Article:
Things are looking up for the auto industry: Just three years after the car industry's future seemed bleak and unredeemable, signs of a comeback are all around. Fortune's Global 500 ranking, released on Monday, listed three automakers among the world's most profitable companies.
Volkswagen and Ford landed in the 13th and 14th spots, respectively, with General Motors ranked as 48th. This is the first time in at least a decade that more than one carmaker made the top 50 list.
This stands in stark contrast to the situation in 2008 and 2009, when the global car market crashed. For a time, before Congress voted to extend aid to the industry, it seemed as if General Motors and Chrysler might fail and disappear. The two companies ended up with government-led bankruptcies, emerging with billions in federal aid, as well as fewer workers, health care obligations and manufacturing sites.
The downturn in the economy enabled the entire industry to become healthier. Ford was able to make major changes in its union contracts and close plants because the crisis gave auto companies the cover to reopen labor contracts and make changes to health care agreements, pensions and the size of their workforces.
Automaker profits in the United States have risen across the board even though the number of their car sales annually is still diminished from a peak level of 17 million in 2005.
"They're now lean and mean," said Charles Chesbrough, a senior economist at analyst firm IHS Global. "They are making very good money at much lower sales volume than they could have handled previously."
President Barack Obama has been making ample use of the American auto industry's newfound success on the campaign trail. Last week, he flew to Toledo, Ohio, where Chrysler's Jeep plant is located, got on a bus and made several stops in Ohio and then Pennsylvania. In his speeches, he has pointed out that his opponent in November, Mitt Romney, wanted to let the automakers go bankrupt without any government intervention.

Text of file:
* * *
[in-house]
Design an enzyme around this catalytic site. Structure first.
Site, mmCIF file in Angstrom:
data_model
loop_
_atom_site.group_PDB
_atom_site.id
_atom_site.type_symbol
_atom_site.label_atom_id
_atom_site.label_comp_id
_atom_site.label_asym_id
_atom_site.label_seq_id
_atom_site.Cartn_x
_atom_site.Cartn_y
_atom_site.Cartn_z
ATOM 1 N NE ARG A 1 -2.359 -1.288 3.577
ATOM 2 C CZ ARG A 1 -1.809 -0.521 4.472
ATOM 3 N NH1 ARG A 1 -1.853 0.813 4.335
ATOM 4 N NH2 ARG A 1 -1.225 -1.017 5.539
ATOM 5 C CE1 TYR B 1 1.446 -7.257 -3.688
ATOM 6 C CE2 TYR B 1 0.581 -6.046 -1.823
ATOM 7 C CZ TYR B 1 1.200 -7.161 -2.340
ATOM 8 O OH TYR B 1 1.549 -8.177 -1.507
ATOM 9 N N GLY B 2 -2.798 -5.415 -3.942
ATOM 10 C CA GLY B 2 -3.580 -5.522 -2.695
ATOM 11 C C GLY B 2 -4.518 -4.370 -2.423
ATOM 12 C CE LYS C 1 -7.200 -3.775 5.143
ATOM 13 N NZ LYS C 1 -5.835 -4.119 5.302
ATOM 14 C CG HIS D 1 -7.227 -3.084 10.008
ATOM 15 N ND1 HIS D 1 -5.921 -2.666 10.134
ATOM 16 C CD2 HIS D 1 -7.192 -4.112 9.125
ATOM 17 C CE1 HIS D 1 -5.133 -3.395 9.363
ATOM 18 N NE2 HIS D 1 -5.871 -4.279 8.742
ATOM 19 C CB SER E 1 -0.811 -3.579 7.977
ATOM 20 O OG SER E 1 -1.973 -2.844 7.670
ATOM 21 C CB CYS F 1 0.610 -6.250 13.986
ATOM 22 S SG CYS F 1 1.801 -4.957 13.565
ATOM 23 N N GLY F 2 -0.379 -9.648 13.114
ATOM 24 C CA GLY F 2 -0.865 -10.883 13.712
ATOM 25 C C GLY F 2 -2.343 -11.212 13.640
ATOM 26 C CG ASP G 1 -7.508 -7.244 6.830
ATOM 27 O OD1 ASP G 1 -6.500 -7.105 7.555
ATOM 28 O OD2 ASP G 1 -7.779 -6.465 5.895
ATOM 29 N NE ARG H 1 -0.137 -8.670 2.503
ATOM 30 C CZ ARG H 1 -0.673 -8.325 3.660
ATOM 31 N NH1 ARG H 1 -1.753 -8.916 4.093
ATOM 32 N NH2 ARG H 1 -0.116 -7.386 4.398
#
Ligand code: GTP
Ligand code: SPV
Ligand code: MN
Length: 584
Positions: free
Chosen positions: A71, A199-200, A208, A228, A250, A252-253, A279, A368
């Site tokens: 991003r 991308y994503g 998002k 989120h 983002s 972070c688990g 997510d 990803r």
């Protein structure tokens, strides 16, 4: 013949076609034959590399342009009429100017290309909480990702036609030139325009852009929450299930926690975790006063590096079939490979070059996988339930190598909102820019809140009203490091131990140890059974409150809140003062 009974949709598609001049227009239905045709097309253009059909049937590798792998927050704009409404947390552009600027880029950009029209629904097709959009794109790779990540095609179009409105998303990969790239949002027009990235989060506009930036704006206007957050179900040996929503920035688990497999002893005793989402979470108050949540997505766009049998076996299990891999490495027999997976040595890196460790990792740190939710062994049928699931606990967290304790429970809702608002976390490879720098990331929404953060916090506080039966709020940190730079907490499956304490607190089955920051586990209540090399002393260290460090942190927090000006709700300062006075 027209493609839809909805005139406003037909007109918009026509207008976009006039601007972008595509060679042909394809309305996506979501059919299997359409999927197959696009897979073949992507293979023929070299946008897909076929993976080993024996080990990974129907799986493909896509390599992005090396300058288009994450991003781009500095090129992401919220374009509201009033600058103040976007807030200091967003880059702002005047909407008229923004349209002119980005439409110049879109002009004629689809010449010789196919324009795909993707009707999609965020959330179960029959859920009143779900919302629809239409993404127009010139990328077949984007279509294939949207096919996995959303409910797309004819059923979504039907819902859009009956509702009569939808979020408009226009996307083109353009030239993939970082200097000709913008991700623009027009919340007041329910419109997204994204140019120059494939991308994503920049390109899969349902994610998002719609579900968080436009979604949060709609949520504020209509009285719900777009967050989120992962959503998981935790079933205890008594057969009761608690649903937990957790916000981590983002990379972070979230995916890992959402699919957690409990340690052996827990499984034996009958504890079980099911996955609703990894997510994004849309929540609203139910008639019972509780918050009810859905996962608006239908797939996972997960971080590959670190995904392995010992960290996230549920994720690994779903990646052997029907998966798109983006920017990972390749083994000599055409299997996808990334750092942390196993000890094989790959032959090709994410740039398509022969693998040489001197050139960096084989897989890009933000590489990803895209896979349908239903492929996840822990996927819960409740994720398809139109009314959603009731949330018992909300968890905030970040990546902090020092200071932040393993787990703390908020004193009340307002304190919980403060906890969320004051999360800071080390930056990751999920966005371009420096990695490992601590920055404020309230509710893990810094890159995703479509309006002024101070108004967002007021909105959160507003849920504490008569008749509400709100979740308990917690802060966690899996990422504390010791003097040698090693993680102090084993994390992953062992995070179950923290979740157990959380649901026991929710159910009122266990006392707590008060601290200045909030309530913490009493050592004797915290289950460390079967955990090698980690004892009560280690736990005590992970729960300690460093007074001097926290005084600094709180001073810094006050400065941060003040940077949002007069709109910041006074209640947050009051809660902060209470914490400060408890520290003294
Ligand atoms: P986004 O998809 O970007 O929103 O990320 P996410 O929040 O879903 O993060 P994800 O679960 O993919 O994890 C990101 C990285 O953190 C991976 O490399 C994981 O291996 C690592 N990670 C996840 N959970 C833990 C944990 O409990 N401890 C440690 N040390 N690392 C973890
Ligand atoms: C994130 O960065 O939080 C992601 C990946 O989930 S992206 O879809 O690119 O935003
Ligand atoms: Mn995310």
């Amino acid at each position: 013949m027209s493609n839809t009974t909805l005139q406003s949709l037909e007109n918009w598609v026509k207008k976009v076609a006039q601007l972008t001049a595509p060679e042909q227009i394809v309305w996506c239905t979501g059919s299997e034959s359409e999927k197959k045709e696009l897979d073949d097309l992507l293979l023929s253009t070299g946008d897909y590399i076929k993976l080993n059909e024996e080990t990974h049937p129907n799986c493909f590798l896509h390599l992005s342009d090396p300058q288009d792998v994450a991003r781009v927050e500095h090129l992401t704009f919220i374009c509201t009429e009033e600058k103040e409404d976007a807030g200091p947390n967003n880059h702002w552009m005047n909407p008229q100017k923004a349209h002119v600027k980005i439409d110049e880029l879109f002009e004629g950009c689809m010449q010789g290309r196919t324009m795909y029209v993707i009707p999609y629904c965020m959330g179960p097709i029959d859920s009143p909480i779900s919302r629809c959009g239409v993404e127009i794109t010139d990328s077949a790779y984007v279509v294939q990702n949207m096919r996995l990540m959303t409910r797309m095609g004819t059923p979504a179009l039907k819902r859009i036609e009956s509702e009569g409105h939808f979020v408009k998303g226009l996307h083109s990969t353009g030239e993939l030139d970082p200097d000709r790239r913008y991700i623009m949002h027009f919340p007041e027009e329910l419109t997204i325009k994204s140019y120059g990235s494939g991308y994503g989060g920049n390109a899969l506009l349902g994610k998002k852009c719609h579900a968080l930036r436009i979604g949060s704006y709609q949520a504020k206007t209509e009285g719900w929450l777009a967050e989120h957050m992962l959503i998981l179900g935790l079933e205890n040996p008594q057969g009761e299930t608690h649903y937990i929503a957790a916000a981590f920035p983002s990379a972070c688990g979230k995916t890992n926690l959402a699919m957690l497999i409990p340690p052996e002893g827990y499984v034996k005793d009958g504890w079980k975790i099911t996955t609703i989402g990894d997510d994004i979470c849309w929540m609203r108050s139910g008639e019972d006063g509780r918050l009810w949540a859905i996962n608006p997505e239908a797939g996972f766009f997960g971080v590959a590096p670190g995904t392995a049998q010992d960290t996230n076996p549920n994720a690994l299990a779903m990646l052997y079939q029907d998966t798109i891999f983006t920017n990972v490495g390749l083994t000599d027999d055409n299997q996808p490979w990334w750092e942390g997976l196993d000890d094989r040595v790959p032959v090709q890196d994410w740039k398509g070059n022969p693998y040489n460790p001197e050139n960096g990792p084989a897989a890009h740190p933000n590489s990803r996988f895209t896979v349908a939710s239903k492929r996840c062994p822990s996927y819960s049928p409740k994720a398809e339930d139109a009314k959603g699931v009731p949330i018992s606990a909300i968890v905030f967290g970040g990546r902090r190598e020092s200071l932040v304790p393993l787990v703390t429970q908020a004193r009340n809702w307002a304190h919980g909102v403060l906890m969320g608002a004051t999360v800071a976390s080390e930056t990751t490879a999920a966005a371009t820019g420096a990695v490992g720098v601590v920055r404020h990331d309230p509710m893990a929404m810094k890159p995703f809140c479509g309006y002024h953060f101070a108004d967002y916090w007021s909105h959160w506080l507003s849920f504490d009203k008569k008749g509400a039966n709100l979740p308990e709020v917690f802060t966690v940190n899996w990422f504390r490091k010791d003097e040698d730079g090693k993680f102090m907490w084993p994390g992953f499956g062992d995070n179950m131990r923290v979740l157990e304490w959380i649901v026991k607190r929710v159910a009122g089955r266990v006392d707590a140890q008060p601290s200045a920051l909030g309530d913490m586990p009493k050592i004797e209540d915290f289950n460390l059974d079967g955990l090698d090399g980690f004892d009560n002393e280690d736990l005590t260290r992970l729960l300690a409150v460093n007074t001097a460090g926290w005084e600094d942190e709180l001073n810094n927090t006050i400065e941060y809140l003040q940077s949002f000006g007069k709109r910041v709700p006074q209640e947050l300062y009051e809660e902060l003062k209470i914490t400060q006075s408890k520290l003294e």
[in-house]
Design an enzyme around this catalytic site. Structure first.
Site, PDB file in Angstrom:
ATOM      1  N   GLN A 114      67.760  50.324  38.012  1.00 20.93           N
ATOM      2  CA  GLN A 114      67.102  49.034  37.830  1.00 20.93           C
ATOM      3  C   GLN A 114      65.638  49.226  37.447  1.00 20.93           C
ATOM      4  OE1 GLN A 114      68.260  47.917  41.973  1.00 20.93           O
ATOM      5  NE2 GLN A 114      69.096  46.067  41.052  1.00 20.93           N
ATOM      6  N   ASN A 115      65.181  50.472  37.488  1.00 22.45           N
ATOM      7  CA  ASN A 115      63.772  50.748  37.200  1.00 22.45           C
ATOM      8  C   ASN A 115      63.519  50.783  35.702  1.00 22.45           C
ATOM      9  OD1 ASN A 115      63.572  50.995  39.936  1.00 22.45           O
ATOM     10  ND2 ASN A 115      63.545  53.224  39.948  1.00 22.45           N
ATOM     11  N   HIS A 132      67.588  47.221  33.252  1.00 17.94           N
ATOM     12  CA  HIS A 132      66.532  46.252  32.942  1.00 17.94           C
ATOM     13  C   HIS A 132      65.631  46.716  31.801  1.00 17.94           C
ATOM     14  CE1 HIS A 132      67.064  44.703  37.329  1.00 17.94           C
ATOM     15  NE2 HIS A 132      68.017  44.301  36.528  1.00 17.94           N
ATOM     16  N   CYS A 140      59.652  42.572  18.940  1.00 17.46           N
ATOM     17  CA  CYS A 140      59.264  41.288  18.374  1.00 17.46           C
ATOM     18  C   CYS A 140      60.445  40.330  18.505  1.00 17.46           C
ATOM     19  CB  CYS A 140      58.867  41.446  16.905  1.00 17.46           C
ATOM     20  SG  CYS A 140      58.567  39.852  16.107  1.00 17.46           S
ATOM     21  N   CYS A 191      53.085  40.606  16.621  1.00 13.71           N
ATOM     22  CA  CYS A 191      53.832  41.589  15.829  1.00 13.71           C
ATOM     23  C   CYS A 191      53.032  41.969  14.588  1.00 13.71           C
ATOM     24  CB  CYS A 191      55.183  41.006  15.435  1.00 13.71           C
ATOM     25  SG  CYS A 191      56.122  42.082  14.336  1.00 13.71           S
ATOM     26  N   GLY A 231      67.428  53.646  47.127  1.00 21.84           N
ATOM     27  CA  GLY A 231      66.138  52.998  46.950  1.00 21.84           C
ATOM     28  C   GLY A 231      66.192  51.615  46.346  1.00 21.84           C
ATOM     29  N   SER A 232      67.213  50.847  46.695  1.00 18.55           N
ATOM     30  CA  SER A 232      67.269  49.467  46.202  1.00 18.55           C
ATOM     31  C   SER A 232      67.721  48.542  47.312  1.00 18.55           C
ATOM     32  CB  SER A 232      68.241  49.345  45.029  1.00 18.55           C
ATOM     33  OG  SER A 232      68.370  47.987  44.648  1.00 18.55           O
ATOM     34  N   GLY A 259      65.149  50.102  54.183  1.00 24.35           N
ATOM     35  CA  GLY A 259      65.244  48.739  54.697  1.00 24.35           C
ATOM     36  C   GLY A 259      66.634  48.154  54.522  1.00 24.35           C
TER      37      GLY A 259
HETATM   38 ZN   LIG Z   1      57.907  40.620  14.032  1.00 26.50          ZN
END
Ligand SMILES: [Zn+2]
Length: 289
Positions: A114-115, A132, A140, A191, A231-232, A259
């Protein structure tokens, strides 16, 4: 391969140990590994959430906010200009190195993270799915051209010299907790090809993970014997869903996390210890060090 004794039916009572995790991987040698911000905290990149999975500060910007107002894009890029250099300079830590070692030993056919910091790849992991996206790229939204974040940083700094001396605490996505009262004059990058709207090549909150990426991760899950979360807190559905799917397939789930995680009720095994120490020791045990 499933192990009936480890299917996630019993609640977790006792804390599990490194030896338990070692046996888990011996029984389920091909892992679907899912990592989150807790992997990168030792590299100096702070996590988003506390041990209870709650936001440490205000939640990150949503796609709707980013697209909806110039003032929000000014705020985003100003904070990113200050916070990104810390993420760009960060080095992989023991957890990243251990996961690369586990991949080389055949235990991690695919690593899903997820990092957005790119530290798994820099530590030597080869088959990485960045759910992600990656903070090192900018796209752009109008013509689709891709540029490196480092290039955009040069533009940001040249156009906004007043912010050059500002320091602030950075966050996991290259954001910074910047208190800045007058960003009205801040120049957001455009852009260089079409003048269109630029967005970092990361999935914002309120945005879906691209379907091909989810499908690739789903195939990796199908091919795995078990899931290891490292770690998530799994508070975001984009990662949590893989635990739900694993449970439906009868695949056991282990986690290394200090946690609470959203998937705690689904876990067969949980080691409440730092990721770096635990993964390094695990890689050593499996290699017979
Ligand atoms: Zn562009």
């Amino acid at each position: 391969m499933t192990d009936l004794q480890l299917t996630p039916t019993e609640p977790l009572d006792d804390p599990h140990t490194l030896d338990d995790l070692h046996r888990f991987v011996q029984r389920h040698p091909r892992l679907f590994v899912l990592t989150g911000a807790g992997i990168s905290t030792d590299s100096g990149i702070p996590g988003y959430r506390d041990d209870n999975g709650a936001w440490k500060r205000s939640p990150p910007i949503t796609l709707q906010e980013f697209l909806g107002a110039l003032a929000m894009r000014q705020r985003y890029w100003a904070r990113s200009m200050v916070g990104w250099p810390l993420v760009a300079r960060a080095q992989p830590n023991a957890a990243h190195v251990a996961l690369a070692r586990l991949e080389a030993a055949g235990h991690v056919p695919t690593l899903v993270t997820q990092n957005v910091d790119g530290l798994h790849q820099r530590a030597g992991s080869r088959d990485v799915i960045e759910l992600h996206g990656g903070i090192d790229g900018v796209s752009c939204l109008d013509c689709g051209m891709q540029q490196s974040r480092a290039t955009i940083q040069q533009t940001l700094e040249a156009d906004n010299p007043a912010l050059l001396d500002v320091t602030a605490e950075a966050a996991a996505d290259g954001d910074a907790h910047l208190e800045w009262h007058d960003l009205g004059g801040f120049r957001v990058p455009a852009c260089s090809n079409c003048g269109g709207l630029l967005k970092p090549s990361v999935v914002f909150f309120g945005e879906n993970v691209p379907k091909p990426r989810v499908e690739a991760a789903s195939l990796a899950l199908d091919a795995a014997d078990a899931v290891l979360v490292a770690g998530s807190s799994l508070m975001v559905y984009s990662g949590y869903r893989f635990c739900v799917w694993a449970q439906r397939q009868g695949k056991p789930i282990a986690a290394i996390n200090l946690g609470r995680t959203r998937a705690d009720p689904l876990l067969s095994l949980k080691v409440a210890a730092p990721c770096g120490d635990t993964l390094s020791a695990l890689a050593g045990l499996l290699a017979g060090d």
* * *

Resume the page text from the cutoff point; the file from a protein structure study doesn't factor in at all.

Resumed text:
"And now Chrysler is back, and GM is the No. 1 company in the world, and Ford is on the move," he told voters on Saturday at a campaign stop in Poland, Ohio. "What happened in the auto industry can happen in a lot of other industries because I believe in American manufacturing."
The Volkswagen Group, however, achieved its success without the help of the U.S. government -- or taxpayers. The automaker went through its own major restructuring in 2006, slashing 20,000 jobs. The company fired its CEO that year, and soon after set an ambitious goal: It would become the world's largest automaker by 2018 and double U.S. sales in that time frame.
The German automaker, which makes the Volkswagen, Audi, Bentley, Bugatti, Lamborghini and Porsche brands, hit its goal of becoming first in global auto sales in 2010; GM came in first in 2011. But the Volkswagen Group is still trying to expand its U.S. sales. The automaker sold about 300,000 cars in the United States in 2011, an increase of 100,000 from 2009. But the company still has work to do if it wants to reach its goal of selling 500,000 cars in the United States each year.
Chesbrough said Volkswagon's global approach has helped it achieve its goals. The automaker is well ensconced in markets in China, India and Indonesia, as well as in Latin America, having made inroads in these developing countries long before other carmakers even considered expanding there.
But all the recent successes that have put Volkswagen, Ford and GM atop Fortune's list could be reversed, and the global economy could weaken, Chesbrough warned. If the European crisis results in a breakup of the eurozone, that could freeze credit around the world and make it difficult for people everywhere to buy cars. This could cause a repeat of the auto industry's crisis in 2008 and 2009.
"If it does go south, it will have very detrimental effects on the auto industry," he said. "But that's a worst-case scenario."
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